Securing Europe’s future: innovation and technical progress are key, says Barroso

As the President of Microsoft International I had the honour of hosting the Government Leadership Forum (GLF) in London.

An event that unites government leaders from across Europe as well as from the EU institutions.  GLF always provides a dynamic, and at times challenging debate, and this year was no exception. 

The central theme of GLF was Building a Smart, Sustainable and Inclusive Europe — Europe 2020 in Action, so who better to introduce the event than the architect himself, President of the European Commission, Mr. José Manuel Barroso. Click on video below to hear President Barroso’s address.

José Manuel Barroso : opening speech for the Government Lead

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I can only applaud the President’s call to help move Europe from crisis management toward a broader agenda focused on reform. We are all undergoing a transformation brought on by the financial crisis, and while I wish a more positive force had brought it about, I would argue that this journey toward increased transparency, productivity and efficiency is a good one. I believe this transformation will make all of us more accountable to our constituents and our customers and better leaders for it. 

President Barroso and the Commission have set in motion a solid strategy to help the EU chart its way out the crisis and begin its own transformation with the Europe 2020 Agenda. The first three flagship action plans of the Europe 2020 strategy, namely the Digital Agenda, Youth on the Move and the Innovation Union are welcome and important steps.

There is an incredibly important role for technology to play moving towards economic upturn. The Europe 2020 Agenda clearly aims to put technology at the heart of Europe’s competitiveness. We believe that the goals of raising productivity and improving innovation output can be realized through the innovative use of ICT and specifically, cloud computing. We’re already seeing some interesting transformation happening when cloud services are applied to traditional scenarios, opening new worlds of possibility in innovation, cost savings and efficiency in service delivery.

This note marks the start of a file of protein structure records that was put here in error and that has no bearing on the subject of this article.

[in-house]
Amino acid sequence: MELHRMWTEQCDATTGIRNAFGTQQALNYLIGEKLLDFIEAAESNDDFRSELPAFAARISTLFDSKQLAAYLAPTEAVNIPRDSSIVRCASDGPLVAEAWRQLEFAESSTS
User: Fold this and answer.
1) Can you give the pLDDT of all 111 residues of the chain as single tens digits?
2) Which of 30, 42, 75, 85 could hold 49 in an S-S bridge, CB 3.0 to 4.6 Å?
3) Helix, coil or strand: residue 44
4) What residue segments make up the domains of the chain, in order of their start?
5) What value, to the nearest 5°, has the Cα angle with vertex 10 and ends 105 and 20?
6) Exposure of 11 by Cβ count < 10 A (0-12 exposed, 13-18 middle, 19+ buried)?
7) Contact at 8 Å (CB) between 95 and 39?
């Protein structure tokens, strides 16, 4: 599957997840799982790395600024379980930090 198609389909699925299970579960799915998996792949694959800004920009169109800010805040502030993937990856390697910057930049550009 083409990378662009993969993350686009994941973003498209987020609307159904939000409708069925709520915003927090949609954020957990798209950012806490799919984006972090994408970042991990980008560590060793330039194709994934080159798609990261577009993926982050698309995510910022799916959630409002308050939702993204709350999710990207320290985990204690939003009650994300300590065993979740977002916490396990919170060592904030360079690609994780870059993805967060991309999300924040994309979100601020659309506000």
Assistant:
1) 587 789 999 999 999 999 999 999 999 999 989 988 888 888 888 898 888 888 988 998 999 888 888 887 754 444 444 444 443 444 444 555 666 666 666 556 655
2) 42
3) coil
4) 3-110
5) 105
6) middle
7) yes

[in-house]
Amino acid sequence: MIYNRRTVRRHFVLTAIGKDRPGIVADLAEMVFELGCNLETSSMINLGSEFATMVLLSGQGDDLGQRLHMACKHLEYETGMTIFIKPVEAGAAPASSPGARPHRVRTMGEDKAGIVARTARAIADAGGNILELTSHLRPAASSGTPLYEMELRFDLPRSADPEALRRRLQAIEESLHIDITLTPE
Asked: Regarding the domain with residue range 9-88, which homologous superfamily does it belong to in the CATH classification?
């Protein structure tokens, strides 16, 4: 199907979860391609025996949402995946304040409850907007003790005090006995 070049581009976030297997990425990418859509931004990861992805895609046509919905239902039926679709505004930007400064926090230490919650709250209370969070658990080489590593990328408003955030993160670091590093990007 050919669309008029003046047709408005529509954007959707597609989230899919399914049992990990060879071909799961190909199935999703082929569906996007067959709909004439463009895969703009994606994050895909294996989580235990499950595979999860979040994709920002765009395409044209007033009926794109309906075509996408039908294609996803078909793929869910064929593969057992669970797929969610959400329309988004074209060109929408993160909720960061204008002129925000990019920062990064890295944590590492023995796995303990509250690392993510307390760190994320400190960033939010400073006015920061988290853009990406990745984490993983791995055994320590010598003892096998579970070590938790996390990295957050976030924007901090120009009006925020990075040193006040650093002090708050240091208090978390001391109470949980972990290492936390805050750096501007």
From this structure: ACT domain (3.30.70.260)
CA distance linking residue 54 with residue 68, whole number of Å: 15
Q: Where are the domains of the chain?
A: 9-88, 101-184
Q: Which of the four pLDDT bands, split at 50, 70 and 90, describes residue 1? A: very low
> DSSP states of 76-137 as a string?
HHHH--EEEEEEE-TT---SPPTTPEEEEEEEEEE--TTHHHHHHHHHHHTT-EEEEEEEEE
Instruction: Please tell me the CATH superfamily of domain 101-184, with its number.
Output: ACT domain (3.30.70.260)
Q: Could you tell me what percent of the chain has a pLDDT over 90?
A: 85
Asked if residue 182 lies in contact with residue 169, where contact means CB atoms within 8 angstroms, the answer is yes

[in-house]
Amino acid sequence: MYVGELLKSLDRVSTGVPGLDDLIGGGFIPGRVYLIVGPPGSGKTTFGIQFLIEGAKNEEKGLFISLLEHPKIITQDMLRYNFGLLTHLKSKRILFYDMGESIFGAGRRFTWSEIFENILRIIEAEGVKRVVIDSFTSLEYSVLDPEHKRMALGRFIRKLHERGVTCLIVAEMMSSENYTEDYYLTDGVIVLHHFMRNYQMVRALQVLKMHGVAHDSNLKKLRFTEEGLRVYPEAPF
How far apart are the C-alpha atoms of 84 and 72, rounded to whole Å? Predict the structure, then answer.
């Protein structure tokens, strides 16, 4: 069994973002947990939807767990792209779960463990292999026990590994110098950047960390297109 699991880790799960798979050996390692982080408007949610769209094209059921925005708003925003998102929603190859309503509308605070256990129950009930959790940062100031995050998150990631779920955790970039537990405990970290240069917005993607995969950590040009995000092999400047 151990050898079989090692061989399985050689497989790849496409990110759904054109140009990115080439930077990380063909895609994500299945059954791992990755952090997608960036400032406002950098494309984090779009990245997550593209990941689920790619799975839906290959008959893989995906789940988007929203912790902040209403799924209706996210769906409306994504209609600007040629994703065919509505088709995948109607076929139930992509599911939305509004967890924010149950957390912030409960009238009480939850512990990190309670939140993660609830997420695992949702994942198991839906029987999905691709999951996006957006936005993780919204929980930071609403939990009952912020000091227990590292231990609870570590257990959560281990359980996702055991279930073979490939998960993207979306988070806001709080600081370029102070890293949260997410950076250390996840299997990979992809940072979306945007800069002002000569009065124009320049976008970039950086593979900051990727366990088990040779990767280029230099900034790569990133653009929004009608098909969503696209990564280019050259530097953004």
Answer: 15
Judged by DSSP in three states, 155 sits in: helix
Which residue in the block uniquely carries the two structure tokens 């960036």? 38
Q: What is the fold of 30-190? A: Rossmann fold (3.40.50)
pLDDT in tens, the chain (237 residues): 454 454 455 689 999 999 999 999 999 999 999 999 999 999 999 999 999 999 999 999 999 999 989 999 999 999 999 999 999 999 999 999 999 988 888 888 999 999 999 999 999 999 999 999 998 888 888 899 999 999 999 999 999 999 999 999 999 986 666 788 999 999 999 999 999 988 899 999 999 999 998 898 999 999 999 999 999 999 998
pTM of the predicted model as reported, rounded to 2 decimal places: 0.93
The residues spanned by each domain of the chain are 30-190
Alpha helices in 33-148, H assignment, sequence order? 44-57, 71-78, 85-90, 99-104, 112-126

One example is a UK-based company called Huddle, which was recently selected by the social security agency of the Belgian government to help meet the increased IT demands of managing the Belgian presidency of the EU, while also reducing its ICT costs and complexity. With a new imperative for inter-agency and cross-department collaboration and information sharing, this agency turned to Huddle to serve as the platform through which its constituents can securely share and collaborate on information. The Huddle platform is built on Windows Azure, Microsoft’s development platform for the cloud. 

Another example is the Swedish Red Cross which is using the cloud to help manage communications with its volunteers. In times of crisis, volunteer numbers swell and reliable access to information is critical as those volunteers deploy to the field. Using the Microsoft cloud, this organization can now cost-effectively scale its ICT infrastructure to ensure reliable field communications for its variable numbers of volunteers, while saving 20 percent in overall ICT costs.

These are two short examples, and we currently have more than 300 organizations in the public sector in EU countries using the Microsoft cloud today, with the potential for more than a million EU civil servants to be using the Microsoft cloud within the next year. 

However beyond the technology discussion, there’s also a critical discussion to be had on the policy front. The ability for Europe to be competitive and take full advantage of this step-change in computing innovation is dependent on policy innovation, now more than ever. As the ‘Digital Agenda’ has recognised, there remains much to be done. 

In particular, The Digital Single Market has yet to be completed, with particular gaps remaining on data portability across borders to support eGovernment and eHealth service delivery. As President Barroso mentioned in his remarks, new technologies are desperately needed for the provisioning of better public services at lower cost. Additionally we must continue to prioritize policy that provides for skills training to equip European citizens with the digital skills they need to thrive in the 21st century economy.

I would argue that innovation on the policy front is as important as innovation in the technology. I couldn’t agree more with President Barroso that Europe cannot be allowed to remain in our comfort zone of “business as usual.” 

We believe deeply in the promise and potential of the Europe 2020 Agenda for European governments, businesses and citizens, and we are deeply committed to partnering closely with Europe’s government leaders to help move this important agenda forward and to help Europe reach its full cloud potential.

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